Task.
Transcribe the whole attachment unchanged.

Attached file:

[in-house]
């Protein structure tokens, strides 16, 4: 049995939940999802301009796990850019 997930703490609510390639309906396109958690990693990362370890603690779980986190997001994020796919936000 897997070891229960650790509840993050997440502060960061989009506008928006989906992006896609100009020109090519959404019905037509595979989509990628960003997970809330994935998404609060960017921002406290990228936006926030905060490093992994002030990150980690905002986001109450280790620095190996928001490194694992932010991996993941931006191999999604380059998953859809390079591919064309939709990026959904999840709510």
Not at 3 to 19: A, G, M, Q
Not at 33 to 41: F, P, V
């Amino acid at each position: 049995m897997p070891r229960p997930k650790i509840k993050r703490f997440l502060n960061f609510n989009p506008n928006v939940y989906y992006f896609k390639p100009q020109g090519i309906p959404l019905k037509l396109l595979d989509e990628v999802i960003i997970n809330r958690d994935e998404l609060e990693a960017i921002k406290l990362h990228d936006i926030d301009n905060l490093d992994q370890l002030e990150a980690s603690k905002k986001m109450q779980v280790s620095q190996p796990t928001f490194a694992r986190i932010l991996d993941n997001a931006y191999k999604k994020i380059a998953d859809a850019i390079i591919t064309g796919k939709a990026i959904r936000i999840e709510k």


[in-house]
């Protein structure tokens, strides 16, 4: 049995939940999802301009796990850019 997930703490609510390639309906396109958690990693990362370890603690779980986190997001994020796919936000 897997070891229960650790509840993050997440502060960061989009506008928006989906992006896609100009020109090519959404019905037509595979989509990628960003997970809330994935998404609060960017921002406290990228936006926030905060490093992994002030990150980690905002986001109450280790620095190996928001490194694992932010991996993941931006191999999604380059998953859809390079591919064309939709990026959904999840709510």
Not at 3 to 19: A, G, M, Q
Not at 33 to 41: F, P, V
């Amino acid at each position: 049995m897997p070891r229960p997930k650790i509840k993050r703490f997440l502060n960061f609510n989009p506008n928006v939940y989906y992006f896609k390639p100009q020109g090519i309906p959404l019905k037509l396109l595979d989509e990628v999802i960003i997970n809330r958690d994935e998404l609060e990693a960017i921002k406290l990362h990228d936006i926030d301009n905060l490093d992994q370890l002030e990150a980690s603690k905002k986001m109450q779980v280790s620095q190996p796990t928001f490194a694992r986190i932010l991996d993941n997001a931006y191999k999604k994020i380059a998953d859809a850019i390079i591919t064309g796919k939709a990026i959904r936000i999840e709510k």